How to glue wood?

How to glue wood?

Every woodworker sometimes makes mistakes. Whether you want to fix those mistakes, or you need to glue pieces of wood together in a larger project, you need to have wood glue handy to do the work. With the best wood glue at hand, the process is simple – all you need to do is to align the pieces together at the right angle and let the glue dry slowly. Apply thin layers of glue on each side, and wait for about 30 minutes up to an hour until it dries enough.

The choice of glue for a particular type of wood

Most wood glues are effective with softwood, and the connection they make is even stronger than the wood itself. However, the best wood glue is the one that also works with hardwood. In practice, general use glues will perform extraordinarily on hardwood, but the trick is that they are sometimes too stiff to sand, and then you end up having visible joints.

Wood treatment before applying glue

Before you even think of applying wood glue to your work, make sure that you have polished the surfaces correctly. You should sand the wood to even the surface and get rid of all the potential lumps. After you are done sanding, take a brush or a blowdryer to remove the sand dust entirely. If there are fibers sticking out of the surface after sanding, because of the nature of the wood, I recommend you make a wood filler that will help you cover it up once the joint is made.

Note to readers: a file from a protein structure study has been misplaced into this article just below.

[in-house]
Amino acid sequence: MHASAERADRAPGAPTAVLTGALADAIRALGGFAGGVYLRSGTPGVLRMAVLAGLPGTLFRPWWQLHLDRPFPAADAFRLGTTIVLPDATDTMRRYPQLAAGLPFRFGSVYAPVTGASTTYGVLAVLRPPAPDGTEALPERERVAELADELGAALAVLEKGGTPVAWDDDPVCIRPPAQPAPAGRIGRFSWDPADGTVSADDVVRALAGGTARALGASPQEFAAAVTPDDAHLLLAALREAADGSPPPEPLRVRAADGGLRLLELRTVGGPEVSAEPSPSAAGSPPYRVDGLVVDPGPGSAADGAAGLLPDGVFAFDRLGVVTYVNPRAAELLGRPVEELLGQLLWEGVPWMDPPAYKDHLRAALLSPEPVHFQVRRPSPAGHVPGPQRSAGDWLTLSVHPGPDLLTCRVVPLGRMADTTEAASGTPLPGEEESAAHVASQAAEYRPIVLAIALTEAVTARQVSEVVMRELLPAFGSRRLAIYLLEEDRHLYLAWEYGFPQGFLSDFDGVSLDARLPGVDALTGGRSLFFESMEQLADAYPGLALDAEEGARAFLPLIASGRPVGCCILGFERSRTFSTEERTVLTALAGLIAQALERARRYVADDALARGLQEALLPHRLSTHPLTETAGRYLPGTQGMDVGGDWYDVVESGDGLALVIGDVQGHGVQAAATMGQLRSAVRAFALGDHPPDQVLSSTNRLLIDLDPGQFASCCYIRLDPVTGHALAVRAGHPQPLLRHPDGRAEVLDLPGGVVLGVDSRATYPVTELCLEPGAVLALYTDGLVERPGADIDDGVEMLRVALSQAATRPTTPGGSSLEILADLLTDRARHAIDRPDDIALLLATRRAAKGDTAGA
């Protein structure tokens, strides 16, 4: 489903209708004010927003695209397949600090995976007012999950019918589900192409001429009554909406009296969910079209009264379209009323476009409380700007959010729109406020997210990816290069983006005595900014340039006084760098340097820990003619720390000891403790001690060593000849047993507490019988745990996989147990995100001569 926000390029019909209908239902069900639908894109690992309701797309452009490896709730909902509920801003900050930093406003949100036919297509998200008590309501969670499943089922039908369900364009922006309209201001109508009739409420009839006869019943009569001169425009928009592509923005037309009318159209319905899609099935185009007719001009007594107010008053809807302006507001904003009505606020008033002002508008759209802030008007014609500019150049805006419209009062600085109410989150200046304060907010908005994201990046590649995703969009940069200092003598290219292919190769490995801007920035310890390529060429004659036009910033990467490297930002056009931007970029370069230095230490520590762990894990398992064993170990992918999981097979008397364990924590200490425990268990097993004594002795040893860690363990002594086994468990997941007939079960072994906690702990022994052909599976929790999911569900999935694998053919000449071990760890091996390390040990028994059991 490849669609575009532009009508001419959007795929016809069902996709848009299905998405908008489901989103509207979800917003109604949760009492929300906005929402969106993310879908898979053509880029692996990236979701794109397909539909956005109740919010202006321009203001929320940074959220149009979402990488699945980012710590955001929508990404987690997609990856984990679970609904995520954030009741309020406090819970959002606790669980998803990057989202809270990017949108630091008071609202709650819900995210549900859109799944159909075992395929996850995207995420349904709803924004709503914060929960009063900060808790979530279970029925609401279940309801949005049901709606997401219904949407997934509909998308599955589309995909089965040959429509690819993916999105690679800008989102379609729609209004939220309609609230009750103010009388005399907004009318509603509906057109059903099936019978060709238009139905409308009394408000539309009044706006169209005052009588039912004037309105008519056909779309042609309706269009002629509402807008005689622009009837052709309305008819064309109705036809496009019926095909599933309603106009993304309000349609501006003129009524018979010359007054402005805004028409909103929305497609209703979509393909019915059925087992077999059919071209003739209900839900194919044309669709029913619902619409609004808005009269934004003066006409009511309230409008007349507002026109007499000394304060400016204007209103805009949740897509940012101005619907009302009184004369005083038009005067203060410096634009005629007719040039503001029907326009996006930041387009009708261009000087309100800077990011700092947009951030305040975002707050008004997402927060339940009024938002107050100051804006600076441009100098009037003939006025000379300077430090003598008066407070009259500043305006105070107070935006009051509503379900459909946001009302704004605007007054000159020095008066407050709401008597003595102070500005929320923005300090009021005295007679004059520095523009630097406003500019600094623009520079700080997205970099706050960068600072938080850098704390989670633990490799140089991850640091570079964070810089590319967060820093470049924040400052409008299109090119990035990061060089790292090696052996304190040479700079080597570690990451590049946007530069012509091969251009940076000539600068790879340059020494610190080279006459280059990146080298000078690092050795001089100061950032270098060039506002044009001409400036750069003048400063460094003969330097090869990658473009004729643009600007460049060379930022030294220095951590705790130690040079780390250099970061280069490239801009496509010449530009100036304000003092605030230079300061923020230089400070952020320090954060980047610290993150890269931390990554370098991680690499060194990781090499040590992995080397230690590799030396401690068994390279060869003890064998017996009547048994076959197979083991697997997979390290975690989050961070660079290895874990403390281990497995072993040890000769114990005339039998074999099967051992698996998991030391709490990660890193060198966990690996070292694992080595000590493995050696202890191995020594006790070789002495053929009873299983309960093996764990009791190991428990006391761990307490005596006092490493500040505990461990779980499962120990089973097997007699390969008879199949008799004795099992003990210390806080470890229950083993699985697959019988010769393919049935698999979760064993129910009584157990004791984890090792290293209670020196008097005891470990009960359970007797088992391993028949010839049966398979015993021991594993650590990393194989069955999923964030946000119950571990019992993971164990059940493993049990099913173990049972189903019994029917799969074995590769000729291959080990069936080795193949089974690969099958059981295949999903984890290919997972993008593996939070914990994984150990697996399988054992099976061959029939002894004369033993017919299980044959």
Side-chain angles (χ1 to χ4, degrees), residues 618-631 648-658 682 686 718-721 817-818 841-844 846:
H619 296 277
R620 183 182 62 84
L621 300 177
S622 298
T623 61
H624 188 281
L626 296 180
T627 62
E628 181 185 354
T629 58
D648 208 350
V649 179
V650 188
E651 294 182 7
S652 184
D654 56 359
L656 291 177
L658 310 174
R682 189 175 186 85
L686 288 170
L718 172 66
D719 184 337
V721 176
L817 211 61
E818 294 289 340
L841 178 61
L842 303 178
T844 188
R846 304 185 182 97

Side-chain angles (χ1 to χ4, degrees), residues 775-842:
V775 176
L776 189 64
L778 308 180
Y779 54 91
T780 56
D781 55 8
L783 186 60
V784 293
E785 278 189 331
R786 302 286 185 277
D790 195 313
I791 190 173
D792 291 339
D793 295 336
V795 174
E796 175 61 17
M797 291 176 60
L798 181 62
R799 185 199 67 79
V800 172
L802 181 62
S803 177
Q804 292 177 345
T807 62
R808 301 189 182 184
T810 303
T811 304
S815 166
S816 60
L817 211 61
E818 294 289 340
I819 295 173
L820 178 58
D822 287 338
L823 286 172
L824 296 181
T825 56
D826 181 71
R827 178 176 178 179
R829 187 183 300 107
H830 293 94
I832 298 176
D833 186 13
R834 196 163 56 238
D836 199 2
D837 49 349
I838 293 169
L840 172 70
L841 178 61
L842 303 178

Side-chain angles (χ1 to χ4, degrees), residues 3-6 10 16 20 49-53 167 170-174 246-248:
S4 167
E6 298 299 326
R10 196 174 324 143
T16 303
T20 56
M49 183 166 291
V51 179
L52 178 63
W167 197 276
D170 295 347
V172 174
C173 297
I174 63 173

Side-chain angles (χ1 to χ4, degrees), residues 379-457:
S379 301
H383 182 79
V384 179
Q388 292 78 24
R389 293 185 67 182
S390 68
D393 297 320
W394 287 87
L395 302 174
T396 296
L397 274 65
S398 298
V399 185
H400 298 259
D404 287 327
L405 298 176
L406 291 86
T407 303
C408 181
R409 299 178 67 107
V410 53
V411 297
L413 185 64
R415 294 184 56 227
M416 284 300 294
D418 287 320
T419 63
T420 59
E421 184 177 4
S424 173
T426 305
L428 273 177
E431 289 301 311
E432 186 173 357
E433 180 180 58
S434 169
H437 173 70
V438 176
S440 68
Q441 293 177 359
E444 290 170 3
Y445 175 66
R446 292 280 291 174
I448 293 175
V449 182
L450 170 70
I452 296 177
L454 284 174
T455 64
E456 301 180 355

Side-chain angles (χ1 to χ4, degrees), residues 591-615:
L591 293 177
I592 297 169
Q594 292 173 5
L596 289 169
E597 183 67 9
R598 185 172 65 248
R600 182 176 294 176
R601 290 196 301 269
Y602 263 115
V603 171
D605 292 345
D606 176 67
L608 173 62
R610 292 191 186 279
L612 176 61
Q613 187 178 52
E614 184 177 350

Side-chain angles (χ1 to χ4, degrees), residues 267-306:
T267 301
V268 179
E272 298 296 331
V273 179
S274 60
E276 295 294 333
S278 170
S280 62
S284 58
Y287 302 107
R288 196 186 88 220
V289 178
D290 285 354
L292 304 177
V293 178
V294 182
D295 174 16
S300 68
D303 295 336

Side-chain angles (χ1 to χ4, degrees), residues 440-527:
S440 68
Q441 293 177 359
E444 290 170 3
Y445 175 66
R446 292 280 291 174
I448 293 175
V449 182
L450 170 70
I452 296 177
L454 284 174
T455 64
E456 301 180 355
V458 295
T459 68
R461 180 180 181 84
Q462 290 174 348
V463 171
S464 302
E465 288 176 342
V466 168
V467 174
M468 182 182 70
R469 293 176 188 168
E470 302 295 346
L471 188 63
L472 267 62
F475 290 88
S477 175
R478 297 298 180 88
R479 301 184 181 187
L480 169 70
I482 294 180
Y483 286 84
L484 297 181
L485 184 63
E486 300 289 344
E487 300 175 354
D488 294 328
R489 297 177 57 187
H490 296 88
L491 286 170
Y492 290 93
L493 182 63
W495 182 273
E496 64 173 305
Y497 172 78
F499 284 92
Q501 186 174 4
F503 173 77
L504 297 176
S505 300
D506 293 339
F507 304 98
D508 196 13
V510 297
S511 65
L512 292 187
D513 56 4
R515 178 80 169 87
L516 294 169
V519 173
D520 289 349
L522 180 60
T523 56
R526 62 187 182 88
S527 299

How to store wood glue

Wood glue should be stored at room temperature. This means you can keep it in your storage space, as long as it’s not too cold or too warm in there. Also, make sure to keep your glue at a safe distance from children and animals, like on a high shelf out of their reach.

How does weather affect wood glue?

Even the best wood glues (and even general type glue) aren’t fit to be used outdoors. In outside conditions, the glue dries too quickly and doesn’t hold the wood together very long. Some glues, like Titebond III Ultimate Wood Glue, for example, are designed to work on fresh air. On the other hand, high humidity and cold temperatures are also not desirable. So, before purchasing, figure out if you will only use the glue in your workshop or you need it outdoors as well.

My personal experience with wood glue

I love super strong wood glue, but the best woodworking glue in my experience doesn’t even have to be designed for wood. One of the brands that I find super-efficient is Gorilla -which is more general use glue, but far better than some of the best wood glues I’ve tried. When it comes to strong wood glue, my personal preference is Titebond II Premium Wood Glue, which is strong enough for my personal indoor projects.

FAQ on wood gluing

What is the best wood glue?

That really depends on the personal experience, but in my opinion, that would be Titebond II or Titebond III.

What is the best woodworking glue?

My personal choice for woodworking is Elmer’s Carpenter’s Wood Glue Max, but I only use it when I have large surfaces to glue together. I find it unpractical for details.

Can I sand the wood after gluing it?

Depends. Some wood glues are resisting sanding very well – others not so much. I recommend you check the reviews of the users before deciding which one to get.

Can I glue wood outdoors?

In theory – yes, but not many wood glues are fit for that task. Most of them are designed to be used indoors only.

Are the joints visible once glued?

Most wood glues are made to have a brown/golden color, which should help the joints fit in. However, you should still sand over the joints to make them unnoticeable.